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About digital images

Modern microscope systems transform optical images into digital images, which are arrays of pixels.

The optical image is formed by photons. These photons, after passing through the optical system, are collected by a detector, which converts the light into an electrical signal. The electrical signal from a particular area of the field of view is in turn converted into a numerical pixel value (intensity or gray value). This process is repeated over the whole field of view to produce an array of pixel values that (we hope) accurately represents the optical image.

Imaging software displays this array of pixel values so that we can interpret the data. It does this by converting each numerical value into a particular color on the computer screen.

After images are acquired, software can be used:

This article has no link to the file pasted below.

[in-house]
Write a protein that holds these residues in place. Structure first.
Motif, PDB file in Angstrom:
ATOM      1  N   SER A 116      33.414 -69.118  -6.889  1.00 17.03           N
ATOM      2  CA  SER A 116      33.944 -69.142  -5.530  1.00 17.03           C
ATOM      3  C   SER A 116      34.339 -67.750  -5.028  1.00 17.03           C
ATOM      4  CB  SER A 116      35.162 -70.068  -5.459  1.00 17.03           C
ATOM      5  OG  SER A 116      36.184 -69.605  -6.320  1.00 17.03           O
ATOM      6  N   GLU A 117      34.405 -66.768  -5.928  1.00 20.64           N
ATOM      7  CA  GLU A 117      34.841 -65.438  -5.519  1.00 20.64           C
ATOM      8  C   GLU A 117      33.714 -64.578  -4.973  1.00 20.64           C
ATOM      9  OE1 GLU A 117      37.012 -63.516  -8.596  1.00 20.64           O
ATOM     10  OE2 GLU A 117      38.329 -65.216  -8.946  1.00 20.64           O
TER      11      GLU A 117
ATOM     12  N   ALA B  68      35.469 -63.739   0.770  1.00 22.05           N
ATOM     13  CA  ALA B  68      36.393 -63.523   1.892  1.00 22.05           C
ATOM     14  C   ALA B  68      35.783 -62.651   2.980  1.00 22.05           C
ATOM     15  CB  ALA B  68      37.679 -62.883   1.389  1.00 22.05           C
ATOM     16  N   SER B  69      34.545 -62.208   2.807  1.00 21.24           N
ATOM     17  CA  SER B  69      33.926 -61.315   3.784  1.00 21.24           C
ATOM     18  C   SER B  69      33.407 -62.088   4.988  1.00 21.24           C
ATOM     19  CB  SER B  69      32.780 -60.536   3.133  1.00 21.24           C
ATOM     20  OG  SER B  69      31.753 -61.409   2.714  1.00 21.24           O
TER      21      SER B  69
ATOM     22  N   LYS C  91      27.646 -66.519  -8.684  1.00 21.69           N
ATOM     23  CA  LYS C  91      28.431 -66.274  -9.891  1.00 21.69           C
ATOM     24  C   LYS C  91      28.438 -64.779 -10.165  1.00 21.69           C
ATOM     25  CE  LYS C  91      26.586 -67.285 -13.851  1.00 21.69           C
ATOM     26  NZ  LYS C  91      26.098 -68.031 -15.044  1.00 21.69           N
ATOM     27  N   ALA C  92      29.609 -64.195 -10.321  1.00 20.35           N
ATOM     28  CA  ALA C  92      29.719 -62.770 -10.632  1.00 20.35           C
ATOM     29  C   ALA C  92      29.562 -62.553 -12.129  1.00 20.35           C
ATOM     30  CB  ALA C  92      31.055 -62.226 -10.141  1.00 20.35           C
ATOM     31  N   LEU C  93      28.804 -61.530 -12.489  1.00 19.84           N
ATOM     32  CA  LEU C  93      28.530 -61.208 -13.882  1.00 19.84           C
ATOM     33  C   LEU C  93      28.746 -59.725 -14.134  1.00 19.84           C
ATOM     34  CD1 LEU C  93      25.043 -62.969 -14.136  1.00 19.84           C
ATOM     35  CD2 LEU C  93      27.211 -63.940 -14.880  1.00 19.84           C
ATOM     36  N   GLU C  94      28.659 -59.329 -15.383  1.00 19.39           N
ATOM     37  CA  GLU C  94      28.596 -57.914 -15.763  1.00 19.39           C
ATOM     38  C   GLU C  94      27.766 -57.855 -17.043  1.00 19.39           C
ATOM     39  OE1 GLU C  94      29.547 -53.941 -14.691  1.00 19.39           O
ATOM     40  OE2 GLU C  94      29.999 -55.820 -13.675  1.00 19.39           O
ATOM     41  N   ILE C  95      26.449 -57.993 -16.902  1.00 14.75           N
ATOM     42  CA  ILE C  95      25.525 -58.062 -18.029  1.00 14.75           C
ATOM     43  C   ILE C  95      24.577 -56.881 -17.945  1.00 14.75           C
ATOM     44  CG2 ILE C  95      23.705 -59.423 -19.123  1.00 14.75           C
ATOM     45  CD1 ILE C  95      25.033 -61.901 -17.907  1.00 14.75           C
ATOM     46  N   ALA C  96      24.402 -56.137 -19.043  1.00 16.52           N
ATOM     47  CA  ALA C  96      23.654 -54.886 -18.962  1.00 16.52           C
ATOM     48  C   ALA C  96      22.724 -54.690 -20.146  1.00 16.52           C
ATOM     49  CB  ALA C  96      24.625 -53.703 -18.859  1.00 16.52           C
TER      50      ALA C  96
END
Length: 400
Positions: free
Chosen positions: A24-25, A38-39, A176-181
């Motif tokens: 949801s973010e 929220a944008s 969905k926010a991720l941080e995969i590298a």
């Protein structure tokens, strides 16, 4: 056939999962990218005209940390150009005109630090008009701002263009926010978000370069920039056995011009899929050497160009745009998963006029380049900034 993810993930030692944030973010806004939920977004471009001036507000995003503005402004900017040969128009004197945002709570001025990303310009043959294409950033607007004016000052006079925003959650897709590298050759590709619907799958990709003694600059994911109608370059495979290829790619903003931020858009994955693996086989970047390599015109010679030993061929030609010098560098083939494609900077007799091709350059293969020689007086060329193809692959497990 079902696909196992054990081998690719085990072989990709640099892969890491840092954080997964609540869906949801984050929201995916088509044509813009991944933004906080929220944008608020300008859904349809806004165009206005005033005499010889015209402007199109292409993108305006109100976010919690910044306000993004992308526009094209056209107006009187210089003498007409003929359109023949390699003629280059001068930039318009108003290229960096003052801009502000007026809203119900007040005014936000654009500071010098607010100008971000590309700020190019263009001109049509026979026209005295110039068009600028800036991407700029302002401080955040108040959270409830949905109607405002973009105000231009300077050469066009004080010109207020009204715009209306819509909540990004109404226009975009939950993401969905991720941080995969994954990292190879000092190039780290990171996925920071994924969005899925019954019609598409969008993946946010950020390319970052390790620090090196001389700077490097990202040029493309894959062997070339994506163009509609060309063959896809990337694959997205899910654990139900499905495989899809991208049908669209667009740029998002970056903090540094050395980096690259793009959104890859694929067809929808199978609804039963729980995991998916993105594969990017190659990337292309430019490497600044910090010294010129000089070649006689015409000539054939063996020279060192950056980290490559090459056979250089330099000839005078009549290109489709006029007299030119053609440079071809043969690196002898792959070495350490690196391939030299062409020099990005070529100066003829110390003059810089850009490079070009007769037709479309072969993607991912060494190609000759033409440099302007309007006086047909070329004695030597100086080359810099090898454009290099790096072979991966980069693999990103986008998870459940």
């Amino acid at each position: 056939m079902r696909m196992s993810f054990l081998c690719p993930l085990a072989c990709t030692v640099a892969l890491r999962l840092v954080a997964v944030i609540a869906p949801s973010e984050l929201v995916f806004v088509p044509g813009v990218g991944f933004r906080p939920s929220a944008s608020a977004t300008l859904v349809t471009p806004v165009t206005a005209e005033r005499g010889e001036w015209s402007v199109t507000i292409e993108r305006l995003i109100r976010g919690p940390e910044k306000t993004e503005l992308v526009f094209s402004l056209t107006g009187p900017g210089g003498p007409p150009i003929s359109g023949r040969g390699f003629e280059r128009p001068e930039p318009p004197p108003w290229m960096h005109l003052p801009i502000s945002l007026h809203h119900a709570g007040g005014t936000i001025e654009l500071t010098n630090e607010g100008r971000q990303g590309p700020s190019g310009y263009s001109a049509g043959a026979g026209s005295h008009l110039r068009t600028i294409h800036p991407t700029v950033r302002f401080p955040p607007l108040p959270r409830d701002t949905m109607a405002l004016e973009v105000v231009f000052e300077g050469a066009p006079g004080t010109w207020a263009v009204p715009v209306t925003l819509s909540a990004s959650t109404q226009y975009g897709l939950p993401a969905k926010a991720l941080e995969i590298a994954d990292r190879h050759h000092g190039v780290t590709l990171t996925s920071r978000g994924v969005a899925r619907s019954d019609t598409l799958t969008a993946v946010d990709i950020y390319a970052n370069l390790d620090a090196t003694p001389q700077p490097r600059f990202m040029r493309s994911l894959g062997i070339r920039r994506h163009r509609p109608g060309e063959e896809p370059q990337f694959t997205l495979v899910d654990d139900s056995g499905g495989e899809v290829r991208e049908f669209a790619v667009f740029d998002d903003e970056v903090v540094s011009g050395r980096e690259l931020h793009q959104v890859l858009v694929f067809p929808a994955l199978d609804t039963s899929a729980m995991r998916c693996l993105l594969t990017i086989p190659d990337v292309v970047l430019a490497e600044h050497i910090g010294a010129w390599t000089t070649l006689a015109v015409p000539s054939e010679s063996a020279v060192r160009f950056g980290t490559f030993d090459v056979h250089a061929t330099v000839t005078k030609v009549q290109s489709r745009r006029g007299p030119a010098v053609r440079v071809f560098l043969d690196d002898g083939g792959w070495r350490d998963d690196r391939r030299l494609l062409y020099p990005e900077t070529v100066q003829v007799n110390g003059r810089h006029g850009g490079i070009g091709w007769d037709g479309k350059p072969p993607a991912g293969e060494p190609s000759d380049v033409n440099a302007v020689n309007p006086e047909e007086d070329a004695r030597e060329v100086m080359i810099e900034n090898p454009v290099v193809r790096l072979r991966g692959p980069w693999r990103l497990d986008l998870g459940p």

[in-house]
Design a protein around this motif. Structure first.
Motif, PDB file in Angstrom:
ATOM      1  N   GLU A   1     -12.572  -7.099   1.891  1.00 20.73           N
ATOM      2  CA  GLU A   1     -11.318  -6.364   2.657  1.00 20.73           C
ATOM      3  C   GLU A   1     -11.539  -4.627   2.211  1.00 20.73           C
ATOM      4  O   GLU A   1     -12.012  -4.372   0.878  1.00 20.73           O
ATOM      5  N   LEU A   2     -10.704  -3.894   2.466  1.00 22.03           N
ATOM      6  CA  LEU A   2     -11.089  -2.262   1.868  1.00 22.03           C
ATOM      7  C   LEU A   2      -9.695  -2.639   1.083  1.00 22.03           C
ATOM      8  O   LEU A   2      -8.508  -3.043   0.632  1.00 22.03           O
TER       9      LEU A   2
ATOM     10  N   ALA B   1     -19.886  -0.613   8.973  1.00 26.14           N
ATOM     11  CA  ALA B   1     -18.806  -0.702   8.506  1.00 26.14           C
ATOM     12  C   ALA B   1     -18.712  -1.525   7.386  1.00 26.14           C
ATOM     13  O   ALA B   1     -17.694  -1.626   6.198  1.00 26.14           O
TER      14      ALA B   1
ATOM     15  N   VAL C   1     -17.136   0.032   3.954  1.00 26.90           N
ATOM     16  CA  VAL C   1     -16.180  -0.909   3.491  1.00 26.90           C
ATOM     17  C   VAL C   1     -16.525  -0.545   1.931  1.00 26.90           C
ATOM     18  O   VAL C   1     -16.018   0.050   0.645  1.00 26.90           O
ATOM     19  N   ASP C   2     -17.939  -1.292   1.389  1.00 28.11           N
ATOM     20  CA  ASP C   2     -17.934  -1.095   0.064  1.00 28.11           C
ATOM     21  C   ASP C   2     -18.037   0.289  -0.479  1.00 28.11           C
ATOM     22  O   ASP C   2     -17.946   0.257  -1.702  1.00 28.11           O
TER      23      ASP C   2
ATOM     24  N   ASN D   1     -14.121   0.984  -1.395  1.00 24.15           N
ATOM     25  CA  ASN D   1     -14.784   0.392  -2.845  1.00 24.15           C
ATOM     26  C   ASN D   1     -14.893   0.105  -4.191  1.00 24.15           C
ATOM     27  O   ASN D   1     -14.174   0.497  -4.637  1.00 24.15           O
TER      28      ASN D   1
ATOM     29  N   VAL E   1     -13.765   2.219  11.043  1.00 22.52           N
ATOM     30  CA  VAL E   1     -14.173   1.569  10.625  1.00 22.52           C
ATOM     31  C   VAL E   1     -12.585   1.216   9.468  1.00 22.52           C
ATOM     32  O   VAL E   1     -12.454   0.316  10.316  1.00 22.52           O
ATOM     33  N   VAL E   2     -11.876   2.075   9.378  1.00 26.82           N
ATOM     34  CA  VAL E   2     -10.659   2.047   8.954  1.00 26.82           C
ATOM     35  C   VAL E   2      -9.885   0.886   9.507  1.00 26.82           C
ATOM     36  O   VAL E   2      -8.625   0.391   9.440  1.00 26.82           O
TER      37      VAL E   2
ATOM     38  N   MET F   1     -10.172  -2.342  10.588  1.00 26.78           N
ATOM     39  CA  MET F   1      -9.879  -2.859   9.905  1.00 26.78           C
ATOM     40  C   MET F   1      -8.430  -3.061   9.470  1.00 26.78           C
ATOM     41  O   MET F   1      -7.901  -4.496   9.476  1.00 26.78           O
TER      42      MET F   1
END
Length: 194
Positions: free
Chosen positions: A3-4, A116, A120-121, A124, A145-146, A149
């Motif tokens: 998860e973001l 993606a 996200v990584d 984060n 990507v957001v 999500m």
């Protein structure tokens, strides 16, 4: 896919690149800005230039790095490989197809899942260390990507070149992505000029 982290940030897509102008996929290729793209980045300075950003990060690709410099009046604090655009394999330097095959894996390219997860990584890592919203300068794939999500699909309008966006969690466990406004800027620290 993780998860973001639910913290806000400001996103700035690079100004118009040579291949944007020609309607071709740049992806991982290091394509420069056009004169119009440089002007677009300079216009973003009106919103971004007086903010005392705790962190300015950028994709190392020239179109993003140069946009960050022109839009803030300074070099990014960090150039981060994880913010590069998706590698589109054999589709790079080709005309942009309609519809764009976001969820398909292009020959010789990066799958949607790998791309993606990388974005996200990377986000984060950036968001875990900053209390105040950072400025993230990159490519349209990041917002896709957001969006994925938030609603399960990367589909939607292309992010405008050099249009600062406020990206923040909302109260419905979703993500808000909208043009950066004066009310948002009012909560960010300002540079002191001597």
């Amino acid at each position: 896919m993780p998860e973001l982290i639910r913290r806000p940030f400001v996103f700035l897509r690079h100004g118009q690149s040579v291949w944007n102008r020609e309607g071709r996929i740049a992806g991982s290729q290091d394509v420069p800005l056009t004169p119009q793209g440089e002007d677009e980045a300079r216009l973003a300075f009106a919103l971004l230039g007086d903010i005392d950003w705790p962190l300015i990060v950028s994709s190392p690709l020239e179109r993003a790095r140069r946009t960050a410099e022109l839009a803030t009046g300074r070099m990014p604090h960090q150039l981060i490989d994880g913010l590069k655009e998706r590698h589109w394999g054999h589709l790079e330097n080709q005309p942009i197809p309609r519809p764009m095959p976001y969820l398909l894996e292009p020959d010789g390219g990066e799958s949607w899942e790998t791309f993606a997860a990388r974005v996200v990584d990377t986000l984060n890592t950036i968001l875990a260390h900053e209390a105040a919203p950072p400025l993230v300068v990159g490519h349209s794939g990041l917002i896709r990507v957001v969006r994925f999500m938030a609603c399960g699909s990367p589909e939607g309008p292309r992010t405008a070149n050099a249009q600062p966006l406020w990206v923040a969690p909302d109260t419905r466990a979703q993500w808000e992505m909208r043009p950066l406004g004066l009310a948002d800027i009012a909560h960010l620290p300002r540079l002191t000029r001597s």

• to display pixel data in different ways, to help the viewer understand the results (visualization and rendering)
  • to alter the pixel values to make the image clearer in some way (image processing)
  • to gather information from images (image analysis)

Introduction to fluorescence image analysis by Peter Bankhead

Useful software

ImageJ is the software of choice for many image analysis and processing tasks.

It is free, has a large user base and is being actively developed and improved.

Fiji is our recommended distribution of ImageJ, because it includes many useful enhancements.

Getting started with ImageJ and Fiji

Protocols

Brightfield correction by Gabriel Landini

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